How do you respond when your toddler fibs?
It's very common for a preschooler to make up stories or lie from time to time even though they don't fully grasp the concept of what lying is yet. How should you react when your toddler starts telling fibs or making up stories?
My dad used to tell us to stick out our tongues because he could tell we were lying if our tongue turned black. Actually he could tell because we'd be resistant to stick it out. Just realized the irony of telling a lie to catch a lie!
Don't give your kid a *reason* to lie. Such as asking them questions they are likely to answer with a lie, setting them up to lie. They just want to tell you what you want to hear, to keep the relationship good, to keep you happy, to keep from getting punished or "abandoned," or to try to earn a reward; basically to earn or keep your love. Don't use punishments OR rewards for behavior, and that will remove a *lot* or maybe even all of the motivation to lie. If you want to know more about this concept, read some Alfie Kohn. There's also a chapter just on lying in NutureShock, which is pretty eye-opening. So, there's my advice...take what ya like, leave what ya don't. :)
My daughter is pretty verbal, she understands really well and she is only 5. I go to church almost every Sunday and so she has learned that "God doesn't like lies". She came home one day sharing that with me. So now, whenever it happens (she lies) I just let her know that she can lie to me but God is listening too. Right away she admits "fine I'm lying..." and tries to justify why she lied. It works every time. ;)
When my 4 yr old daughter fibs or says something that isn't true, I ask her if that is what really happened or i ask her to tell me the whole story or if she is sure that she is telling the truth. Most of the time she will back track on what she originally said. So I tell her that it isn't nice to "lie" and that it could hurt someone's feelings or even get them in trouble if they aren't really in trouble. I make sure she knows that it is not ok to lie and that she will get in trouble too if she is lying.
2 boys, 3 & 5. they like to back each other up. 5 will start telling me 3 did something and 3 will agree. Obviously, he doesn't understand he's lying! But when 5 is asked, what happened? Why is your brother crying? ''um, he hit himself!'' really, he punched himself in the back of the head and that's why he's crying? ''yep!'' then it's into the explination of ... if your brother punched himself in the back of the head, he wouldn't be crying cause he can't reach! Then take 5's hand and reach it back, ''can you reach the back of your head to punch yourself hard enough to make yourself cry?'' ''no'' then neither did your brother. *Compare arm length's* Now, can we tell the truth? ''ok, I punched him, I'm sorry brother!'' ''Now that's called a 'lie' and when you lie about something, it could hurt some one. What would happen if your brother punched you then told me it was you punching yourself?'' ''THAT'S NOT TRUE! He punched me!!'' ''exactly! Now you see how it could hurt if some one lies about YOU'' ''oh, sorry mom, I won't lie again'' obviously he will cause he's 5 but it starts to get the example in their head that this situation could be reversed and he could get into trouble for something his brother did! (If this is jumbled and doesn't make sense, I'm still 1/2 asleep! lol)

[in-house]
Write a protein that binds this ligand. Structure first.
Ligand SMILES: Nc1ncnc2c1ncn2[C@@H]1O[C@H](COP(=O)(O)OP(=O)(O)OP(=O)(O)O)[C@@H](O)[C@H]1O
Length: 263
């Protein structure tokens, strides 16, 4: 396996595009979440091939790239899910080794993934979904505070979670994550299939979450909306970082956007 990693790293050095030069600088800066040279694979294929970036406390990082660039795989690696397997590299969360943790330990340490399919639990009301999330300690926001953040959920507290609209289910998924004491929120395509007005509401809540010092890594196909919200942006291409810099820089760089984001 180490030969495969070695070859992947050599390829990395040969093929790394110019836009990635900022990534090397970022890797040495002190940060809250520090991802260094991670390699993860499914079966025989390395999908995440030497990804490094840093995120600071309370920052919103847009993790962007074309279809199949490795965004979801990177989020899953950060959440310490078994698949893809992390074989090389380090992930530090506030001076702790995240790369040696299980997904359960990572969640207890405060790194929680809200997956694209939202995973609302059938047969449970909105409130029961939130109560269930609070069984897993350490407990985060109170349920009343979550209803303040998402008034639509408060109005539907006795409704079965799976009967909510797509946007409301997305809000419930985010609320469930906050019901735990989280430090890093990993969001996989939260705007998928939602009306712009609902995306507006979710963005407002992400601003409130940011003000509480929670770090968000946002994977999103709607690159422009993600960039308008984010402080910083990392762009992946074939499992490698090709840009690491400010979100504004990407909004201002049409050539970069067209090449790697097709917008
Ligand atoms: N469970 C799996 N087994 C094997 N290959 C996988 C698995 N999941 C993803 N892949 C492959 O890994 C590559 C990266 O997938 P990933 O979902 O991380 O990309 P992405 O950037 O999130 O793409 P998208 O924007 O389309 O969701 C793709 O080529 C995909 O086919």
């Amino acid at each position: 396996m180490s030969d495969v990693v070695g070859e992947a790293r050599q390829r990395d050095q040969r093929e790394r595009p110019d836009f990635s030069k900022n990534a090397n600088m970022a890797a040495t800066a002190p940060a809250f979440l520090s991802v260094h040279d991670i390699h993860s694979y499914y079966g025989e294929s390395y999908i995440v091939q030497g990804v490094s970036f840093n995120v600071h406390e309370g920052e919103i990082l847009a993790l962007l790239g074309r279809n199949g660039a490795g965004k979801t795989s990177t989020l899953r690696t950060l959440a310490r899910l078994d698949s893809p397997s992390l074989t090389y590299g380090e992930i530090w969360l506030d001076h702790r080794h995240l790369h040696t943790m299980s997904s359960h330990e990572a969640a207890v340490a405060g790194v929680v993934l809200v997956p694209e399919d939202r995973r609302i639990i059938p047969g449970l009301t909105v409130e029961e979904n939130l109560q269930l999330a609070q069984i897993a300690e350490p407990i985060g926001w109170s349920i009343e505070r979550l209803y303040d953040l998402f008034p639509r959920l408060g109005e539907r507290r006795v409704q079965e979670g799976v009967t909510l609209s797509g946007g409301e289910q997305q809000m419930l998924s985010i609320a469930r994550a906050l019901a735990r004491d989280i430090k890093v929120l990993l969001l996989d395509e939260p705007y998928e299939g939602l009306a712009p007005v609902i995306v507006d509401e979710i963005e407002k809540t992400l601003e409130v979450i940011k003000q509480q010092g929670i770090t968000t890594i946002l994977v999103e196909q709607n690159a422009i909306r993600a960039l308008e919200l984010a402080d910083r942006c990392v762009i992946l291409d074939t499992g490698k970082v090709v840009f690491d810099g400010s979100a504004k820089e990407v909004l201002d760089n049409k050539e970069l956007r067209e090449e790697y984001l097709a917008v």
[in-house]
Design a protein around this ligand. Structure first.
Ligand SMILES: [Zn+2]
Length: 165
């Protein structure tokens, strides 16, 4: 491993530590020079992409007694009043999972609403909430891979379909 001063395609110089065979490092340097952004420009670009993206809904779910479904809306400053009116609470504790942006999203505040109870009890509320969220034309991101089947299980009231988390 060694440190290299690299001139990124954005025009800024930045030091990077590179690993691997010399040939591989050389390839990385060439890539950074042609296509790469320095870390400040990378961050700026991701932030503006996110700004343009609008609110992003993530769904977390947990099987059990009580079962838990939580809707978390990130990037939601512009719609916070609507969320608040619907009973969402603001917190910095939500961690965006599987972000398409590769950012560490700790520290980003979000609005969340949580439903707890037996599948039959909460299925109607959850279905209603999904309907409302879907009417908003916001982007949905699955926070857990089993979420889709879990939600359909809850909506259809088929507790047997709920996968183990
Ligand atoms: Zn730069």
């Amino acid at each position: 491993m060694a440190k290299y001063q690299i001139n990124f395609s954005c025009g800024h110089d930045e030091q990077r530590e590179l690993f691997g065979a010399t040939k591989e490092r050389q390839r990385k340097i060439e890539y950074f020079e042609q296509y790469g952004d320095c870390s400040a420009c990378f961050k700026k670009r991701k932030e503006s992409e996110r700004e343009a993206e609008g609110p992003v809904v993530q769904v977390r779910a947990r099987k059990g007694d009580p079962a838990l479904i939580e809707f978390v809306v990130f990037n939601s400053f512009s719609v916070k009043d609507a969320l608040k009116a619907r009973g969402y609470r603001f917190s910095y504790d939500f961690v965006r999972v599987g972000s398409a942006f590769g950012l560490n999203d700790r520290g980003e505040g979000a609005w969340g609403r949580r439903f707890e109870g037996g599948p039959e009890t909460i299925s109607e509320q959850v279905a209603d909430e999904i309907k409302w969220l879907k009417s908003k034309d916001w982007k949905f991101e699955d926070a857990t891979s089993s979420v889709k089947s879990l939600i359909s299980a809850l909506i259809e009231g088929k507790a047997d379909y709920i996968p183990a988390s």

My daughter won't be 3 until April, but she has already lied several times. Since I'm a firm believer in the age-appropriate responses and in continually offering correction, even when the child might not quite grasp the concept, I address the issue with her when I realize she's lying. For the most part, I tell her she makes me and her daddy sad when she lies, and when she says something happened but it didn't happen, that's a lie.
I also tell her she makes God sad, and He wants her to be a good girl and tell the truth, or tell what really happened. When I or my husband catch her, we address it right then and repeat back to her what she said. Our son isn't yet 1, so we don't have to worry about him. :) But of course, we'll employ the same responses, since it seems to be working.
And removing the circumstances that lead to lying can help immensely. Children DO say what they think you want to hear, because they love to please you and make you happy. They don't understand at this age the full concept. So, if you fill in the blanks for them first (without asking them) and work from there, you usually eliminate 80-90% of their lies.
So far my 3 1/2 yr daughter hasn't made up lies spontaneously, but will lie if I ask her a question. If I say "did you ask daddy if you can have a cookie" she will say "yes", and if I ask what he said, she'll say "he said yes" (when I know he said no). I really struggled with how to explain the concept of lying to her. I remember training I did years ago about kids having to testify in court and that they will often give the answers they think the adults wants to hear. They don't think about the "true" answer. So, I now avoid the types of questions that give her the opportunity to lie. I will instead make an assumption about what happened (that she has not asked her dad), and give her my answer. If she did ask her dad and he did say yes she will be quick to tell me. Thankfully she has not yet learned to lie in that circumstance too. One day she will and I'll have to employ other strategies.
If you ask my daughter what happens if you lie... She'll tell you 'You go to hell!!' lol
We are careful to teach our two young children (3 and 1) that a lie is a story that is not true (make believe) and that there is no such thing as ALWAYS or NEVER lying. TV shows, movies, books and stories from "sacred texts" (Bible, Koran, etc.) are "make believe," but they are illustrations involving fiction that can be learned from.
The 3 year old is beginning to understand that the concept of intent associated with a lie can make it bad or good by being asked "would this story hurt someone or make them sad?" An episode of Thomas the Train wouldn't, but drawing a train in sharpie on the door and calling the door "paper" would.